The UfM joins the Islands Local 2030 Partnership to advance the Sustainable Development Goals in Mediterranean Islands
July 20, 2023
The Mediterranean Sea is host to 10.000 islands, 2.000 of which are home to stable dwellings, societies, economies, with two of them – Cyprus and Malta – being Island States. The UfM joined the Islands Local 2030 Partnership to advance the Sustainable Development Goals in Mediterranean Islands at the official side event at the 2023 UN High Level Political Forum on “Islands Leading on Localised SDG Implementation”, on 14 July 2023.
As fragile and exposed ecosystems, and delicately balanced societies that express the positive potentials of such ecosystems, more than anyone else the Mediterranean Islands face the threat of a fast-paced climate crisis: while the waters of the Sea are globally the fastest warming and fastest rising, the Mediterranean basin warms 20% faster than the global average, and that the region is one of the main climate change hotspots in the world, where 250 million people are projected to be considered “water poor” within 20 years. With current policies, temperatures are expected to increase by 2.2ºC (compared to pre-industrial level) by 2040.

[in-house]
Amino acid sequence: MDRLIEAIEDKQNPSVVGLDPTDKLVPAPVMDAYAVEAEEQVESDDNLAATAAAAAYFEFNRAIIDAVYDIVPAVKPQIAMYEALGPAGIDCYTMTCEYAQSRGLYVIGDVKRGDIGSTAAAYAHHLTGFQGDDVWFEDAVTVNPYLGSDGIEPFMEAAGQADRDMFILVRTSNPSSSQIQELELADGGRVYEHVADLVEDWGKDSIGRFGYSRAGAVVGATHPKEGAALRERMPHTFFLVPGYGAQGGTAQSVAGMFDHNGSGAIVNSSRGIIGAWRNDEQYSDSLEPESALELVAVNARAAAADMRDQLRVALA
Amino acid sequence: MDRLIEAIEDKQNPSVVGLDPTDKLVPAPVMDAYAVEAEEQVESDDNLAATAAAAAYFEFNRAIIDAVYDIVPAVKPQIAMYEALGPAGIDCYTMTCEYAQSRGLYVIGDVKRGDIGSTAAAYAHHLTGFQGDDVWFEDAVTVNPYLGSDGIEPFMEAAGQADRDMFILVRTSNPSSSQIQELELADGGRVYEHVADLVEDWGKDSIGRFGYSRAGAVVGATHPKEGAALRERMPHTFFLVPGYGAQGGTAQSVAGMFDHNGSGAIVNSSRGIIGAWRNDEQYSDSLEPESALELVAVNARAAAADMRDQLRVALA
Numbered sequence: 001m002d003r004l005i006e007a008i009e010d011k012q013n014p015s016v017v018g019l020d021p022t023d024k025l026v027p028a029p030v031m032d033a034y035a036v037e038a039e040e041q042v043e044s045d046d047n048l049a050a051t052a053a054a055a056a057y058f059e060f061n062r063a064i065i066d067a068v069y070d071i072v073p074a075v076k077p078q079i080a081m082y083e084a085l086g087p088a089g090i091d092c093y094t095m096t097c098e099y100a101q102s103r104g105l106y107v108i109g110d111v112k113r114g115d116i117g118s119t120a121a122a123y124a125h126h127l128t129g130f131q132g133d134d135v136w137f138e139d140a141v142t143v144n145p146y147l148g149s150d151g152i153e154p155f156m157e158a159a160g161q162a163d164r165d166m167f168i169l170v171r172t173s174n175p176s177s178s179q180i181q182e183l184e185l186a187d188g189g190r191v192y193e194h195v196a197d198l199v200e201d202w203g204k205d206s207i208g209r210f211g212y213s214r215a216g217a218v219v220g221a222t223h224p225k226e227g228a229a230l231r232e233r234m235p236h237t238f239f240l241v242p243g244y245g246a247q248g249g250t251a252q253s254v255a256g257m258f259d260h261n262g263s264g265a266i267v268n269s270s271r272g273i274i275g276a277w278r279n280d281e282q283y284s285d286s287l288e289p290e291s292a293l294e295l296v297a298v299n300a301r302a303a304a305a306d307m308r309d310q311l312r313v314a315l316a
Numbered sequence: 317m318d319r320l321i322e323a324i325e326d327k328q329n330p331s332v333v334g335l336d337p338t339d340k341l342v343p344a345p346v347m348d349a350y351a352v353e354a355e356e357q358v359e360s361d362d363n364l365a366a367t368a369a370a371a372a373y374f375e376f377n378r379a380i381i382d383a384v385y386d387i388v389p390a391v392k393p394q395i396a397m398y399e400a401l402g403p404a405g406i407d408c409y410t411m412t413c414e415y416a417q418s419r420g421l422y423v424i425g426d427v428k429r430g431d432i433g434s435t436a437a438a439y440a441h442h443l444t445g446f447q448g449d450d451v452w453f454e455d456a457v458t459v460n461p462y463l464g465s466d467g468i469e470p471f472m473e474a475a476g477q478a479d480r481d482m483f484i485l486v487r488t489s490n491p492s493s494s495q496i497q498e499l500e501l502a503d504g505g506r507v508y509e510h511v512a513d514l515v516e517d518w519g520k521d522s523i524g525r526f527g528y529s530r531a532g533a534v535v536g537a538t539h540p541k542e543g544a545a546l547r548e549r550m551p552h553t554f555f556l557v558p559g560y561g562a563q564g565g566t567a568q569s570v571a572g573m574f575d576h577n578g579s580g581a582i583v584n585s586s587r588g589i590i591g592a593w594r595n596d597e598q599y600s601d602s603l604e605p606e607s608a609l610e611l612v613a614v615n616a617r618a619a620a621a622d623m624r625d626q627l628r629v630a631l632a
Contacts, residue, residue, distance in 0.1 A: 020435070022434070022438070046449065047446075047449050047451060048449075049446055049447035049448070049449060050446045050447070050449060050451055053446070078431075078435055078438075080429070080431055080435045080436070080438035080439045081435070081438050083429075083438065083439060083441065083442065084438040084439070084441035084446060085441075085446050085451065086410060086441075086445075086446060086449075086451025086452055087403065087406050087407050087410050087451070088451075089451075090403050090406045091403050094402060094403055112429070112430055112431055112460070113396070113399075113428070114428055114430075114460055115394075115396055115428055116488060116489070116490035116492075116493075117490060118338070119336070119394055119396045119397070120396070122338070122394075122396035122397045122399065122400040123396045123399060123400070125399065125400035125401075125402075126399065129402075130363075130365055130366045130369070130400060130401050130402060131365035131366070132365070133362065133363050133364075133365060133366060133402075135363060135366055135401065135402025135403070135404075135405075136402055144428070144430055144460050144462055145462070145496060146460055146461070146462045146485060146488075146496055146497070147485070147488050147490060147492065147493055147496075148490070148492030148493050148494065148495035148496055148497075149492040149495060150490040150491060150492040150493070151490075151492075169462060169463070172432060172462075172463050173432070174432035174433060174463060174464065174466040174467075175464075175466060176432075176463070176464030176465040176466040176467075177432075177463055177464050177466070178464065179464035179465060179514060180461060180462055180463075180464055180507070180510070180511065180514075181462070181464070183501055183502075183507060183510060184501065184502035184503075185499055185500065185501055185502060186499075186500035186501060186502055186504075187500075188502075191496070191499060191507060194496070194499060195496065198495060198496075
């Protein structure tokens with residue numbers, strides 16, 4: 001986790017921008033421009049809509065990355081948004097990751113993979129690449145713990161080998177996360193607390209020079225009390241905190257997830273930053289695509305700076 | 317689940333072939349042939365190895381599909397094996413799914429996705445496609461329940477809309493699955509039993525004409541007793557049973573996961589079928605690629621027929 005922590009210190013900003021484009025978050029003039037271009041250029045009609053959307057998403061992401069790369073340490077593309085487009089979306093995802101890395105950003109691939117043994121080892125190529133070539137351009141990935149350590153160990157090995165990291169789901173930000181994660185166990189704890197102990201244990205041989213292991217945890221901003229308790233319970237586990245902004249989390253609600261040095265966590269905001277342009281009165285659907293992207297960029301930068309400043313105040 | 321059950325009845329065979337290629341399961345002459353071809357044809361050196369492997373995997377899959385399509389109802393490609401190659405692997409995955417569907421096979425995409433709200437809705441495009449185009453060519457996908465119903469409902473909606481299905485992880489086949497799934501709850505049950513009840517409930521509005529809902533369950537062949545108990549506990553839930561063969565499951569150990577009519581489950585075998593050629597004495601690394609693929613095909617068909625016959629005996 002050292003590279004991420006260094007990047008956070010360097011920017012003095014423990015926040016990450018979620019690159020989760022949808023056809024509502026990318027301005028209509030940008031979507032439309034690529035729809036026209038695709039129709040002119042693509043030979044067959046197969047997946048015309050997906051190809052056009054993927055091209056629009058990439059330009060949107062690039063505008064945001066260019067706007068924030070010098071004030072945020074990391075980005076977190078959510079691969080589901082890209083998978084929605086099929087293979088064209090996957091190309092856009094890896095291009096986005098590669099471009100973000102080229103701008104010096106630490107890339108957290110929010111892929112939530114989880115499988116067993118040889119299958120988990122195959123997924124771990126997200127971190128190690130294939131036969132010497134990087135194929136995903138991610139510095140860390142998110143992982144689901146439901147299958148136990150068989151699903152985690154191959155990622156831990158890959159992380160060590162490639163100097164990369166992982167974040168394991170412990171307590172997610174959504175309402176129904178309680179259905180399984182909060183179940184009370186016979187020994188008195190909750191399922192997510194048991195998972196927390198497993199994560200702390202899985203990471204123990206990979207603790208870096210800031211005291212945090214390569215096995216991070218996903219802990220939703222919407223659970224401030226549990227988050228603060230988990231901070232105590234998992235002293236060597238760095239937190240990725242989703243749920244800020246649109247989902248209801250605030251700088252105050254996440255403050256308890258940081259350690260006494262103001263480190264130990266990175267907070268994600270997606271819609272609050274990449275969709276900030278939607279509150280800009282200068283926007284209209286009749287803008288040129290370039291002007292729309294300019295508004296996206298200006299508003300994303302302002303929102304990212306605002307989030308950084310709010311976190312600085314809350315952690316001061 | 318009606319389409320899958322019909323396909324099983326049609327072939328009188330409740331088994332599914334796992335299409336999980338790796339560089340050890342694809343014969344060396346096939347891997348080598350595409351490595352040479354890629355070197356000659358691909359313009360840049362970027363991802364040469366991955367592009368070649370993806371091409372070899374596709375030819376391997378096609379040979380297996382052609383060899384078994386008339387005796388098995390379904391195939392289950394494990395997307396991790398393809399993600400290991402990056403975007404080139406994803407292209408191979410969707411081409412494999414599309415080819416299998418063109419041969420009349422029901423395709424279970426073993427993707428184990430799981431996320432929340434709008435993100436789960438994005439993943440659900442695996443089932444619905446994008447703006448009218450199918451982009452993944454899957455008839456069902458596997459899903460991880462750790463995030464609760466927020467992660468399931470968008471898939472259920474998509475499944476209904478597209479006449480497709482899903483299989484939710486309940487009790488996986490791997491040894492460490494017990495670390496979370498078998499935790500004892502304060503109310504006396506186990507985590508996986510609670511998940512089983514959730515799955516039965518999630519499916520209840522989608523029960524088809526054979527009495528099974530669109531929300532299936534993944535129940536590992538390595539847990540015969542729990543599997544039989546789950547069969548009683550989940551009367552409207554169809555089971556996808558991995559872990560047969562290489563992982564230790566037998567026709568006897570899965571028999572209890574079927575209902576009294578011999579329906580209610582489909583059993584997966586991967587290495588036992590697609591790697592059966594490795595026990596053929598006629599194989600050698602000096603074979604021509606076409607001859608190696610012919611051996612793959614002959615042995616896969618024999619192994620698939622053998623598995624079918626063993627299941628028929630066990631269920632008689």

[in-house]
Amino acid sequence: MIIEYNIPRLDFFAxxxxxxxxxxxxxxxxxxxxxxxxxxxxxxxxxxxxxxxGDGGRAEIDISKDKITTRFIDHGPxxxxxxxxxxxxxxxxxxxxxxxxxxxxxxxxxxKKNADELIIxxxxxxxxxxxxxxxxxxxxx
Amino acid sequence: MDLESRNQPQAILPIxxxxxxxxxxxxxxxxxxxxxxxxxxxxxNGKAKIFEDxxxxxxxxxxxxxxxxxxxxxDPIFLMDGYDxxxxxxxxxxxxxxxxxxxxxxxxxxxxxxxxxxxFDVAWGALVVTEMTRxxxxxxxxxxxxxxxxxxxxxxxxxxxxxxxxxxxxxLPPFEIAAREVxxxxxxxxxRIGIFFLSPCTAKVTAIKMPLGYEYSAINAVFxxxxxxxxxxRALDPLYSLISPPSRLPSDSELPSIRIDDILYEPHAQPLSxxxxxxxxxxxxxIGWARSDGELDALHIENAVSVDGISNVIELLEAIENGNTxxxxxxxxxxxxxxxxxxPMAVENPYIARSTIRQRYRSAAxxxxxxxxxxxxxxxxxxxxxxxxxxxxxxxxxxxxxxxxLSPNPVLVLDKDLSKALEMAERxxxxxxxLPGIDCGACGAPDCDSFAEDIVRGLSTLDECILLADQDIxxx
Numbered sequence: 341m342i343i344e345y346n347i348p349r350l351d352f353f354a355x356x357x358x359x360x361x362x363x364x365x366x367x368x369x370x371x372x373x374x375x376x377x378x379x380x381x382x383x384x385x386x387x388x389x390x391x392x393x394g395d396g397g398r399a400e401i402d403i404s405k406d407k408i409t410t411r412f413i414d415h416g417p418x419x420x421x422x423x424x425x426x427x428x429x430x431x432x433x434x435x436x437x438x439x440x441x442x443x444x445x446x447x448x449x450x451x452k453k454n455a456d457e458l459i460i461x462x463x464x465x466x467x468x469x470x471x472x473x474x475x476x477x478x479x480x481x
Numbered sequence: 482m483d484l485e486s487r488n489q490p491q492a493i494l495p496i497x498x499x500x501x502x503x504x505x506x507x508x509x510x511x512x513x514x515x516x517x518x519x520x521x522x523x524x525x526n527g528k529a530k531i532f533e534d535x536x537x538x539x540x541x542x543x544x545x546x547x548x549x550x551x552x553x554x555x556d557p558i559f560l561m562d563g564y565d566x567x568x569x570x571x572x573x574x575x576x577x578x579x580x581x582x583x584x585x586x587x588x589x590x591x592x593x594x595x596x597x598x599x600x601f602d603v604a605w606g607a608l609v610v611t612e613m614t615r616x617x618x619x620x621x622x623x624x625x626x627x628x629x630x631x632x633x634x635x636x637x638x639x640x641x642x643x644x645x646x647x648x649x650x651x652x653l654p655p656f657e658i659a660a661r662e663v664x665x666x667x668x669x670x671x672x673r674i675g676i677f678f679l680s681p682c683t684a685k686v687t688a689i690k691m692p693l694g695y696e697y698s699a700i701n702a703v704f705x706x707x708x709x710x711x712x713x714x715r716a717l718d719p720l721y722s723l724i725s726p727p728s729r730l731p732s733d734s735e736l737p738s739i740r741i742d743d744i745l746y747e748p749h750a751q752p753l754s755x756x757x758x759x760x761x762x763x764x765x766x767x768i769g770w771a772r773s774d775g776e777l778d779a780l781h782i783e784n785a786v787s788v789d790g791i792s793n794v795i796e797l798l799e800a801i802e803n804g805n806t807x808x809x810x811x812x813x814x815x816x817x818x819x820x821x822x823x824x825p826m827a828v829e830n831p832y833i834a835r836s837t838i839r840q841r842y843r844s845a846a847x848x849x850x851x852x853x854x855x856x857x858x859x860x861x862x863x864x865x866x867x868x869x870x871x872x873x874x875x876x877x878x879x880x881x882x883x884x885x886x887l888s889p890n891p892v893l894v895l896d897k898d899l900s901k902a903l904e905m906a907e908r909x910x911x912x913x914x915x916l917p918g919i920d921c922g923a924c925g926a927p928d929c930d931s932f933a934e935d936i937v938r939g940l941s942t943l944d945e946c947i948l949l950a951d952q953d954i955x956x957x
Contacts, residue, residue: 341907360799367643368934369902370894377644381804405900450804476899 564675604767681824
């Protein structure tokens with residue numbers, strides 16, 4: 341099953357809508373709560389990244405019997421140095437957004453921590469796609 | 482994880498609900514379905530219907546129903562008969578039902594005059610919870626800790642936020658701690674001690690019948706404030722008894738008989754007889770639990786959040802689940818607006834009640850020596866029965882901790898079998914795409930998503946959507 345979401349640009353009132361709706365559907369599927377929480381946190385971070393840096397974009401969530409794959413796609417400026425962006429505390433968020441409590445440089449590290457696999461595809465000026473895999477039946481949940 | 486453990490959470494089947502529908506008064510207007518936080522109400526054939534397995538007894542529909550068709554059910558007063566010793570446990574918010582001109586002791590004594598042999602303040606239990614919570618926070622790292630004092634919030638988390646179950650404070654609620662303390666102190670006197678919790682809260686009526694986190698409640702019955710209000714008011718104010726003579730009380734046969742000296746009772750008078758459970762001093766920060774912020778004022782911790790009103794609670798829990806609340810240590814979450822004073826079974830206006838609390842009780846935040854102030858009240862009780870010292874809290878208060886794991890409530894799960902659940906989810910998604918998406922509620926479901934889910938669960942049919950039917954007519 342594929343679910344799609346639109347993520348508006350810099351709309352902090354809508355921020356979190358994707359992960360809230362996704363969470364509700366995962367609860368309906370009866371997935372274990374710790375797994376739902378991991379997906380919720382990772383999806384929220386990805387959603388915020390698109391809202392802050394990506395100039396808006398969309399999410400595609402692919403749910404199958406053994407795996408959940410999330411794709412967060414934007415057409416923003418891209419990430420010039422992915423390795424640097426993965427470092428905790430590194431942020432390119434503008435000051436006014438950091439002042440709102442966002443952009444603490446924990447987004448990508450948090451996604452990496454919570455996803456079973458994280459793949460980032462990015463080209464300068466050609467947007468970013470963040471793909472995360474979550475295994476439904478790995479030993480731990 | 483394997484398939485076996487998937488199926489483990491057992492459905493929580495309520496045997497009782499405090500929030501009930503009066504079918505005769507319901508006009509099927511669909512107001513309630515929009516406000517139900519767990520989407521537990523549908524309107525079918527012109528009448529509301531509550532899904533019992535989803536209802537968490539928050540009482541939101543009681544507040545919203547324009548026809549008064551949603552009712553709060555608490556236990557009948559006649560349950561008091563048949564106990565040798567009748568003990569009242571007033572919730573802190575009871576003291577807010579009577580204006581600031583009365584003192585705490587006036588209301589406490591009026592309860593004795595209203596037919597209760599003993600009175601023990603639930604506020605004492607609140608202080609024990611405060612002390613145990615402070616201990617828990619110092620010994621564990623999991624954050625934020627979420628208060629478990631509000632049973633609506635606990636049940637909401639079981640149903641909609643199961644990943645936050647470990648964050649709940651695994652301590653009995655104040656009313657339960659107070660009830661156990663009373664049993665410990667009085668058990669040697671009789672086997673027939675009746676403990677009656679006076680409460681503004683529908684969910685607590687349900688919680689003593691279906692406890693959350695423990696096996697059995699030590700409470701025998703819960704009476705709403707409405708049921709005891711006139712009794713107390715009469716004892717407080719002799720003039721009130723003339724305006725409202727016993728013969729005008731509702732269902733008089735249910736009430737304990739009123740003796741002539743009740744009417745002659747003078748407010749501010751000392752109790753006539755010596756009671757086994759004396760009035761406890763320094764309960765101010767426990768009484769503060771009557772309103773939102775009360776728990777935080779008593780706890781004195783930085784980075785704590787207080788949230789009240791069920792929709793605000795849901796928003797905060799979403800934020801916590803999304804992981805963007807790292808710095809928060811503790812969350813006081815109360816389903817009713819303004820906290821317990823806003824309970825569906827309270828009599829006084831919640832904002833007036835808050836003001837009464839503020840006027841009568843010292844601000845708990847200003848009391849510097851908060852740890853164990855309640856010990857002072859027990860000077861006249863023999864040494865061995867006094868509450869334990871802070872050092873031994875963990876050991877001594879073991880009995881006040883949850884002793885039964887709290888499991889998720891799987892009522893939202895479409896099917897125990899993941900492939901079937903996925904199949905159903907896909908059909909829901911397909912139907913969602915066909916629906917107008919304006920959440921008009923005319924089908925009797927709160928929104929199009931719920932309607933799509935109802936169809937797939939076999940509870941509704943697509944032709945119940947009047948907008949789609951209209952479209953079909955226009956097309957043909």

Actions adapted to insular specificities have been undertaken in the Mediterranean – in some sectors like clean energy generation and self-sustaining renewable-based independence, waste management, or agriculture – it is still a rush against time to build overall resilience. And while such islands will be victims of exacerbated climate impacts, they are also home of solutions, many of which representing a contemporary version of millinery traditional knowledge, such as the techniques that allowed some islands to thrive as centers of civilisation even lacking springs of fresh water and with elaborate systems of rainwater collection.